Slipped capital femoral epiphysis is a relatively common disorder of the hip that affects children in late childhood and early adolescence, with an incidence in the United States of approximately 10 per 100,000. Although the diagnosis and treatment of slipped capital femoral epiphysis have been well described, the search for its cause and a method of early identification continues. Recent publications have suggested that there is a familial association among individuals with slipped capital femoral epiphysis, but there is no current genetic marker established for the disorder. This article reports a series of 3 biologically related Caucasian sisters who were athletic; had body mass indices <26 kg/m2; had no record of any hormonal imbalances or endocrine abnormalities; had good nutrition; and presented with atypical characteristics of slipped capital femoral epiphysis. This is the first report of a series of 3 sisters with slipped capital femoral epiphysis in the United States. Our goals were to document our experience in the identification and treatment of these patients to highlight the complexities of slipped capital femoral epiphysis presentation patterning, to increase the awareness and reporting of familial cases of slipped capital femoral epiphysis by other physicians, and to encourage additional research in this area. As clinicians progress in the ability to diagnose and treat patients with slipped capital femoral epiphysis, they also must be mindful of the varying presentation characteristics.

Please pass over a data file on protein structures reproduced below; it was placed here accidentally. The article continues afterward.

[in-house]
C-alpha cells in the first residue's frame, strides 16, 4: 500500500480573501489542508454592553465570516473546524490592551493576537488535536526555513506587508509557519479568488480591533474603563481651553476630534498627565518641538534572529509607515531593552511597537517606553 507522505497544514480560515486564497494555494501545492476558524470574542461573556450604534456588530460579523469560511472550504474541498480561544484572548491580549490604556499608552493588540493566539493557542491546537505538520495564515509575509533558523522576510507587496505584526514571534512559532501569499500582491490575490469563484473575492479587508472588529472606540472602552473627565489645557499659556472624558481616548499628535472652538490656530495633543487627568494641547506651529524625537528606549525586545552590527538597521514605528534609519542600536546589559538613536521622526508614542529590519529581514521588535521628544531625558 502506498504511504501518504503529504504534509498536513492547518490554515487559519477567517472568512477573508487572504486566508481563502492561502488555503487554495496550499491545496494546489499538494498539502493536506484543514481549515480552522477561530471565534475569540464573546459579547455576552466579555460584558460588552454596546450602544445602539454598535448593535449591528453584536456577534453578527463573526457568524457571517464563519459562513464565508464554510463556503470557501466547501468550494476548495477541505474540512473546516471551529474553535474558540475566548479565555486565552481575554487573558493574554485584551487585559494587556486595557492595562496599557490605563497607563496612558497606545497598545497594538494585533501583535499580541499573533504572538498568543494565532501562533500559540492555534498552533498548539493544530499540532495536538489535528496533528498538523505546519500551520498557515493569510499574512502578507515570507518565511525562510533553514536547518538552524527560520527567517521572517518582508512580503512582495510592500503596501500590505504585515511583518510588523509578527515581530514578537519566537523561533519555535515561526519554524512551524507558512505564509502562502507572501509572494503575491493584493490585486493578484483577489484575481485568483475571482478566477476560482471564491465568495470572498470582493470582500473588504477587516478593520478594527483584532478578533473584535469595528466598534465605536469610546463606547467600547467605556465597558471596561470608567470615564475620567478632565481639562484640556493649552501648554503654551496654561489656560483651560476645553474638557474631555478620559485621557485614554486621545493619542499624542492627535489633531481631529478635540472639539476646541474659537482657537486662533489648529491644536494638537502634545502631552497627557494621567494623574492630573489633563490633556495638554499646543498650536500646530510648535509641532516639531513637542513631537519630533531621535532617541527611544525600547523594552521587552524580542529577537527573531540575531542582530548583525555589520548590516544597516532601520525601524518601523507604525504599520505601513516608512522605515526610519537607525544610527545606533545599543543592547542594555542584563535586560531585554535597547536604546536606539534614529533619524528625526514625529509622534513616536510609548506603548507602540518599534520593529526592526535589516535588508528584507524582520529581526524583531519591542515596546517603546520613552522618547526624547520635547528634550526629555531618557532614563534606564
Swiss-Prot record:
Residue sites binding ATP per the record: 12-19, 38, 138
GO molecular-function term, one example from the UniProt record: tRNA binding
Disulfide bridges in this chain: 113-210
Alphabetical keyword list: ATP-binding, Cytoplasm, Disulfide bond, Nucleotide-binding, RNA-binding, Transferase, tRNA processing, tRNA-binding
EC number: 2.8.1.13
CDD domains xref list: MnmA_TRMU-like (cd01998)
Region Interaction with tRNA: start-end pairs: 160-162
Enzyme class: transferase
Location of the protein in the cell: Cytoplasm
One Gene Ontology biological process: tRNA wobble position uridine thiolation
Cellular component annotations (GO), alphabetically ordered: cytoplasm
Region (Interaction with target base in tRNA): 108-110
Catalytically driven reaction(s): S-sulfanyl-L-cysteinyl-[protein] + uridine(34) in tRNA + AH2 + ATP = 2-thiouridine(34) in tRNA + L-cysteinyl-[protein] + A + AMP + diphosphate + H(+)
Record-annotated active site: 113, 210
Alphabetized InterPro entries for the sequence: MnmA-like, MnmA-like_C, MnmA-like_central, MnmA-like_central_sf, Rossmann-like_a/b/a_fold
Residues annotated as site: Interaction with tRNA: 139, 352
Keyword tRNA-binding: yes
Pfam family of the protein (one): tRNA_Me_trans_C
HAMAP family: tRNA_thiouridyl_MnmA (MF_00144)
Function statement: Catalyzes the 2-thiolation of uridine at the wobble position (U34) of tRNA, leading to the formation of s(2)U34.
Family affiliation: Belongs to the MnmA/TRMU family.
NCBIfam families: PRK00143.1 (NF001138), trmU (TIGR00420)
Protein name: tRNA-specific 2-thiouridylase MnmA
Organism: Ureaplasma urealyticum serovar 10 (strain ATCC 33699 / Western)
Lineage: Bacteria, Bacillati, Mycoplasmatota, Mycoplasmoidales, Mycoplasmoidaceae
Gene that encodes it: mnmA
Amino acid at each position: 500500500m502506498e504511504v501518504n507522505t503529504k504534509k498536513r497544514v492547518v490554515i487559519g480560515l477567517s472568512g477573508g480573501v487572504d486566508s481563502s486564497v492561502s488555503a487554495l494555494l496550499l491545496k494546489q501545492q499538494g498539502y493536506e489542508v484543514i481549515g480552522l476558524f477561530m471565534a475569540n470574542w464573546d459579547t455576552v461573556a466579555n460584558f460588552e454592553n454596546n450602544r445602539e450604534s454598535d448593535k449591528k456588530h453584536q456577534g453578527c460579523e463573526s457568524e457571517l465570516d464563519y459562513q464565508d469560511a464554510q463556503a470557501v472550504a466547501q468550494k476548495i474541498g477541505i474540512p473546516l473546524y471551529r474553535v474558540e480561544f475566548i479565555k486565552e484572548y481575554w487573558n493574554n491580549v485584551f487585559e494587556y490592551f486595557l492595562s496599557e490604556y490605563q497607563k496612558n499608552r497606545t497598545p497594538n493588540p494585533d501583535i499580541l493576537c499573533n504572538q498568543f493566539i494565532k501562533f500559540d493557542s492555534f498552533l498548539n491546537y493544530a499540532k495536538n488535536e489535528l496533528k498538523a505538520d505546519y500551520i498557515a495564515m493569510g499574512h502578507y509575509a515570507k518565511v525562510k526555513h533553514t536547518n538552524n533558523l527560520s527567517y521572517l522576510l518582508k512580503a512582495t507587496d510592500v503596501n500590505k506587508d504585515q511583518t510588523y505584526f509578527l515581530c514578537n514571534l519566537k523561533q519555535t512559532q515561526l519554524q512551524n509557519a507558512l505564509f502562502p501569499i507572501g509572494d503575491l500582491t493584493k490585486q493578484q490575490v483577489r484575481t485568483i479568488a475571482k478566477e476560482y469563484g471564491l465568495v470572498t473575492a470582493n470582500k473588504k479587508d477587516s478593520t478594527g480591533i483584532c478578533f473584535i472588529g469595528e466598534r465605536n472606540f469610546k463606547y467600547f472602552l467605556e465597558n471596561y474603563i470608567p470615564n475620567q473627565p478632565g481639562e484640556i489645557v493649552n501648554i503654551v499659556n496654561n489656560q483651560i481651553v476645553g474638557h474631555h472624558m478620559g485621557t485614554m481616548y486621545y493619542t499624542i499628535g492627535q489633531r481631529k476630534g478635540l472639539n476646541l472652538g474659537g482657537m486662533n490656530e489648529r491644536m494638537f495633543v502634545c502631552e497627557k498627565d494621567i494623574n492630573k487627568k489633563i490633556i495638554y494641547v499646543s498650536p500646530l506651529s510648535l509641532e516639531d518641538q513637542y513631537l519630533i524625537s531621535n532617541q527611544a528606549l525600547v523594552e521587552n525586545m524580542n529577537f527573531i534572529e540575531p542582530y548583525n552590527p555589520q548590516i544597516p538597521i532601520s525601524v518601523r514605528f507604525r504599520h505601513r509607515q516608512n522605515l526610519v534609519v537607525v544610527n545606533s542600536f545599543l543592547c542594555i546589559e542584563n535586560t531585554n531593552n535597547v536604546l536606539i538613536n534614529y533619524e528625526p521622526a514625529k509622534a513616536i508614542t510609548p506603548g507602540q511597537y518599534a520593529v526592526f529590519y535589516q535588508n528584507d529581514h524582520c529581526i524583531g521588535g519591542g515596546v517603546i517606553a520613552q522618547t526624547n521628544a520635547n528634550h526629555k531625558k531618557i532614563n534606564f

ASJC Scopus subject areas
- Orthopedics and Sports Medicine